For more than 2_ million Little Leaguers--boys and girls--the game remains true to its sand-lot roots. But as Elizabeth Kaledin reports for Eye on America, there is renewed concern about one change in the ol' ball game: the bat.
It's a rare sound on Little League diamonds these days--the crack of the ball against a good old-fashioned wooden bat. Today, metal is the name of the game at all levels of play except the big leagues--and it's the subject of an increasingly bitter debate.
"From a safety standpoint," says James Oddo of New York City, "high-tech aluminum bats are lethal weapons."
Oddo, a city councilman from the Staten Island section of New York, says the way metal bats are designed makes them able to be swung faster. The result is that balls are fired back at the pitcher like missiles, putting children at risk. He wants a nationwide ban on the bats. So far he's convinced local leagues.
Parents were resistant at first. After all, the springy metal bats can turn little slumpers into big sluggers, but safety concerns won out: "It feels comfortable knowing that he's safe, knowing he won't get hurt," says one parent.
For kids the bats are much easier to use, more fun to swing, and they can drive the ball to higher speeds. But are these bats inherently dangerous? It's a tough call.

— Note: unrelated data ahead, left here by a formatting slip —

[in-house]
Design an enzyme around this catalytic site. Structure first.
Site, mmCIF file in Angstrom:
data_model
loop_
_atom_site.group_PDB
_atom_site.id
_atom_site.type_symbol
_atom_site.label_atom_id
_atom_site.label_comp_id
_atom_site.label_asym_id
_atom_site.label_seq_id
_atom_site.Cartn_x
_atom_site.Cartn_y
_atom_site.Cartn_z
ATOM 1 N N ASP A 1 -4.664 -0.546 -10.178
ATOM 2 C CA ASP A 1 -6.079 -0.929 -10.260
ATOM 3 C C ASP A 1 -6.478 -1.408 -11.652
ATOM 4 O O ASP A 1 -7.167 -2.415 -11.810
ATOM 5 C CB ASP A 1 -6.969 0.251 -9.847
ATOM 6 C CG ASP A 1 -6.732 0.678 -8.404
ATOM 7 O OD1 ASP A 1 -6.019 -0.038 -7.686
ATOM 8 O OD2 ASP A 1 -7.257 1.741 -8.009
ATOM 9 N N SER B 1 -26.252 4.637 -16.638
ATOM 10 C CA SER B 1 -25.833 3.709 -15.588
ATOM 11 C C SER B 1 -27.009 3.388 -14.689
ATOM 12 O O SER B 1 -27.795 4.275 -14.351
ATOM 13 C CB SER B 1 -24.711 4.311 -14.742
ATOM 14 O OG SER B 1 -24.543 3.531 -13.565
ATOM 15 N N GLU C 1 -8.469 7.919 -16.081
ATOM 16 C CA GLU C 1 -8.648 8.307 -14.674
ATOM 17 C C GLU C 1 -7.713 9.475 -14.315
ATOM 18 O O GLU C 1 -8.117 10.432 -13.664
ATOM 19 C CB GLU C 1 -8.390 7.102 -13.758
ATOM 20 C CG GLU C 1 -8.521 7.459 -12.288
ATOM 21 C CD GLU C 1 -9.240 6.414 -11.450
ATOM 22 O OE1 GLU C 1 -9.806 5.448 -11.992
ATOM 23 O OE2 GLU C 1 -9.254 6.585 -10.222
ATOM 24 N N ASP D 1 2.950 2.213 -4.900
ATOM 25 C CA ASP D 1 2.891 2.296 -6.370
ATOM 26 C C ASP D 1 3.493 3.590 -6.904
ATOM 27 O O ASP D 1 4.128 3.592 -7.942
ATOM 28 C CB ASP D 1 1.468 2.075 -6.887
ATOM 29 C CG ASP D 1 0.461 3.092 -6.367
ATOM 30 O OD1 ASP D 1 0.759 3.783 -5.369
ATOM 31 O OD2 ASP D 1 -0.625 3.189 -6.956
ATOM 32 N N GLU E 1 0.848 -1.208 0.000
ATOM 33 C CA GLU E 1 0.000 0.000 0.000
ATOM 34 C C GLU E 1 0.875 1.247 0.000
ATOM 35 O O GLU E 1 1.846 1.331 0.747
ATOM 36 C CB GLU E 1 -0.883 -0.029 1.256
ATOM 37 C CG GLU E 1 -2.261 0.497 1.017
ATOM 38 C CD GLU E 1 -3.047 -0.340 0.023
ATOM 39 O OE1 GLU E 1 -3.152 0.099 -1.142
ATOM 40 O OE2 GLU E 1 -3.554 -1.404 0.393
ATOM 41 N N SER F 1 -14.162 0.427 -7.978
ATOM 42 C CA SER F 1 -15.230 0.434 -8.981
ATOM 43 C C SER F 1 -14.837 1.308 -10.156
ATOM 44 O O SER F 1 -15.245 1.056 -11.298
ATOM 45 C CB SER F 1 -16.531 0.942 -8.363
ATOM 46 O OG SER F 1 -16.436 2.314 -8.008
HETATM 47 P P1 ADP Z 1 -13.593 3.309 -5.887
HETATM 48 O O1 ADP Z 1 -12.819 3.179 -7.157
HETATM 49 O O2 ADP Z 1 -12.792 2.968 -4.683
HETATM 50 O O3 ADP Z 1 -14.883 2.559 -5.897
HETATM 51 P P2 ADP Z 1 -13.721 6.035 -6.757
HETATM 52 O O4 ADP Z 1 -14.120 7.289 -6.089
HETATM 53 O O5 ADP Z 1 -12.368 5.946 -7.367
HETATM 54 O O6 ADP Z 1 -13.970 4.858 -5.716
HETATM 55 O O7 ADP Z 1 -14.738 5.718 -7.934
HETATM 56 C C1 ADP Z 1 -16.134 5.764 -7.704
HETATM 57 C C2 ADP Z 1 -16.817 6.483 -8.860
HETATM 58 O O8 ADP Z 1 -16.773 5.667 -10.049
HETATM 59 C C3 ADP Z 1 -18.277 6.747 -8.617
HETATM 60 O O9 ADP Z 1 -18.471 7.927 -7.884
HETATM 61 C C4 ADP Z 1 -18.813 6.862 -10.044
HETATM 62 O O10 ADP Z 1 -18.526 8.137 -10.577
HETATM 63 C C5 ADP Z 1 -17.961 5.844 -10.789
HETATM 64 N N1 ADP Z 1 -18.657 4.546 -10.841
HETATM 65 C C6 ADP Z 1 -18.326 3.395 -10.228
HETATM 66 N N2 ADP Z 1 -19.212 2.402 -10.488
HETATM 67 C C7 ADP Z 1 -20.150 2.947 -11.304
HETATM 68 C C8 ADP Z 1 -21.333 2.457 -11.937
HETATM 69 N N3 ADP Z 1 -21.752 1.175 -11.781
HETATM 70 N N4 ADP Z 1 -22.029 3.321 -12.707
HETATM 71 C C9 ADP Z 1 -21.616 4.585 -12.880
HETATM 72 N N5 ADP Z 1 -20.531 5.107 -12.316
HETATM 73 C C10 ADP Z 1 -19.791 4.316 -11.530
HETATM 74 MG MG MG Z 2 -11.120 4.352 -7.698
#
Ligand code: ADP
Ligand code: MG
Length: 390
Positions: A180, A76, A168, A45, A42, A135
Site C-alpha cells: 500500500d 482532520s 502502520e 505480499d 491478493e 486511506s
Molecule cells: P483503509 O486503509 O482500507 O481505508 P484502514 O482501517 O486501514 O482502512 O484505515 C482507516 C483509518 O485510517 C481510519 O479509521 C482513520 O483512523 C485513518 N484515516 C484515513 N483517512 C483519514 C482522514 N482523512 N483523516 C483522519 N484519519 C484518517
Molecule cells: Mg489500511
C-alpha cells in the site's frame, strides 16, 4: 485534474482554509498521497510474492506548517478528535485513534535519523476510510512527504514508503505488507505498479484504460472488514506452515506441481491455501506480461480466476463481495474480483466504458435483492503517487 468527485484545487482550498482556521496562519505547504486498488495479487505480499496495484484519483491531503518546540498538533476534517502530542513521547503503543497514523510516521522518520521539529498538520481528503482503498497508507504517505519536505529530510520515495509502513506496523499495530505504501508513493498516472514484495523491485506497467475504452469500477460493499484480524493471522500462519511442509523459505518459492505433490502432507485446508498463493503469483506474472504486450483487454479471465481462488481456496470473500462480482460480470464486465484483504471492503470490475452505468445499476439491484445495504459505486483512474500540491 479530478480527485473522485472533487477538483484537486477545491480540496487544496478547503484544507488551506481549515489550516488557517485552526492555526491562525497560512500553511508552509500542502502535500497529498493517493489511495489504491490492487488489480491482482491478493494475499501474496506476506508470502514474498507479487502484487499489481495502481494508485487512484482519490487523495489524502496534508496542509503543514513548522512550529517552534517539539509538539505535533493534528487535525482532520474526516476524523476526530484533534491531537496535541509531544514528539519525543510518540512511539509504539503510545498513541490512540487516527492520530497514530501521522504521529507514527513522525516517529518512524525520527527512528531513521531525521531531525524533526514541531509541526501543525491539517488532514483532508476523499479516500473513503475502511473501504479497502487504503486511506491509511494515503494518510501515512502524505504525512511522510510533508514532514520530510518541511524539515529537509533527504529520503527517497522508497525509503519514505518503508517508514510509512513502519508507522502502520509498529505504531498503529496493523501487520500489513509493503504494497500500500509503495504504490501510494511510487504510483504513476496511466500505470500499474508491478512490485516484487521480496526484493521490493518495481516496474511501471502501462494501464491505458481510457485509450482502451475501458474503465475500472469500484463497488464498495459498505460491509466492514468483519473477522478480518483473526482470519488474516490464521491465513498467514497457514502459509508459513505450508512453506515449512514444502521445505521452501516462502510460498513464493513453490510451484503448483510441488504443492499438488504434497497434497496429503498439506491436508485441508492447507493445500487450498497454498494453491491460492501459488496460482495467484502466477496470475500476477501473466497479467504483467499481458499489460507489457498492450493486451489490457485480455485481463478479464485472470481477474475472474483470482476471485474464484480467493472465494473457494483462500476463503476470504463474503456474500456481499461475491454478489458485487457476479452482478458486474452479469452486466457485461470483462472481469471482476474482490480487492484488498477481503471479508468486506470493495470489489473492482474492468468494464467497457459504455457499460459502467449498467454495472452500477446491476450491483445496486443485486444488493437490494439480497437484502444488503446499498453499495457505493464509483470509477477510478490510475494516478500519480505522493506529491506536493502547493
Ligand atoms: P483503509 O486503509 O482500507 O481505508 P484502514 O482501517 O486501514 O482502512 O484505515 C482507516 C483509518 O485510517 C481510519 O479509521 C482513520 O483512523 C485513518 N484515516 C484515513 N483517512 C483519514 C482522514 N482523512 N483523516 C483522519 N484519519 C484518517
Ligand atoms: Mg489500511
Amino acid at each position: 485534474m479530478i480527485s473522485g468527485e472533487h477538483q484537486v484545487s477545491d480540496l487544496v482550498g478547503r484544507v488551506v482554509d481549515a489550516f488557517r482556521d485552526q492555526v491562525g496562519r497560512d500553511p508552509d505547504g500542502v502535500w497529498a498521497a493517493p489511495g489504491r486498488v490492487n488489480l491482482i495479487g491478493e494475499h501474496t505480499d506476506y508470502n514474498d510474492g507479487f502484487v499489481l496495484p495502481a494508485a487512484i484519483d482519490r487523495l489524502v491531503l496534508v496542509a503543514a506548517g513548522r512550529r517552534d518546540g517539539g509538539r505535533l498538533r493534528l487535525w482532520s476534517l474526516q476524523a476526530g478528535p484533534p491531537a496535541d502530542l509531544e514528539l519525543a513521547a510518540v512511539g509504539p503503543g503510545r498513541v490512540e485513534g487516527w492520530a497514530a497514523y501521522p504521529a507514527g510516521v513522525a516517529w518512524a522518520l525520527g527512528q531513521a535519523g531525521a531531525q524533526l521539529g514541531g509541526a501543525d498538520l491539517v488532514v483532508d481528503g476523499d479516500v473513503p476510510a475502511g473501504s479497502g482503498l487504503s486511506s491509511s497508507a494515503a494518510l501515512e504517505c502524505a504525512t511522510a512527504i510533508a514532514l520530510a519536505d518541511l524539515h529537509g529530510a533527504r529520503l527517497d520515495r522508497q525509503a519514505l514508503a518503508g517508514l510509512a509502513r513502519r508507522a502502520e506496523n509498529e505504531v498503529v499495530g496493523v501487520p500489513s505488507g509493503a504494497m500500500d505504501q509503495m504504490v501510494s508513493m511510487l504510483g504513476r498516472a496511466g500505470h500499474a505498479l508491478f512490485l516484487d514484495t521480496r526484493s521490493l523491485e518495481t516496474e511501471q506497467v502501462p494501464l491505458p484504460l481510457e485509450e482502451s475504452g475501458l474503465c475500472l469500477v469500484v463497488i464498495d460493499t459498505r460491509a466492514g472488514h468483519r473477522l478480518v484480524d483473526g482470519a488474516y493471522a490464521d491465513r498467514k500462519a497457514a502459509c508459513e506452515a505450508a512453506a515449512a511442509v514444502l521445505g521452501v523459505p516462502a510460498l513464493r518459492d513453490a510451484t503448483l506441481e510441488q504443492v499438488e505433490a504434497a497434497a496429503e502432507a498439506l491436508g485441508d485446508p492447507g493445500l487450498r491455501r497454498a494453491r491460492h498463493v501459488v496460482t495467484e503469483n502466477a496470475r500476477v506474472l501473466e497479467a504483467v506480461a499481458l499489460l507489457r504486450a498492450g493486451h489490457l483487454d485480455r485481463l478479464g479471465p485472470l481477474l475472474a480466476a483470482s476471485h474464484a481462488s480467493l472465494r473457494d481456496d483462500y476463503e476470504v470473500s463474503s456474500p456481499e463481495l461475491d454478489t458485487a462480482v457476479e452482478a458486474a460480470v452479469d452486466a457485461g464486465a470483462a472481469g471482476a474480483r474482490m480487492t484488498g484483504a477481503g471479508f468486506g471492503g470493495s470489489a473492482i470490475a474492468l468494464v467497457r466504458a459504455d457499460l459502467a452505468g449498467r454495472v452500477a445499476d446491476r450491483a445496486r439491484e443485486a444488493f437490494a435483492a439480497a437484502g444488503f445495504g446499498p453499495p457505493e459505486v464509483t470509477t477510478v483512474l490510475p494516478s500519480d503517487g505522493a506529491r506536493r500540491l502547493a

Many would argue that kids plus sports equals injuries, period. The bat, they would say, can't be singled out as the villain.
In college baseball, where the players can really hit, studies show injury rates haven't changed in 14 years. And Little League officials, who support the use of metal bats, report a 76% decrease in injuries since 1992.
Bat makers are playing defense, saying statistics don't support the charges. At the Worth Sports Company, Chairman Jess Heald maintains that wood is more of a hazard.
"If we go back to using wood bats we're going to have a lot of wood breakage," says Heald.
But Councilman Oddo isn't convinced. Aluminum bats are Worth's biggest seller, after all.
"The fact of the matter is, from Tee Ball to Little League young people are being put in harm's way for one reason--money," he says.
The Consumer Product Safety Commission is investigating the issue but has yet to make a ruling. Until then this contest is likely to go into extra innings.
©MMII CBS Worldwide Inc. All Rights Reserved. This material may not be published, broadcast, rewritten, or redistributed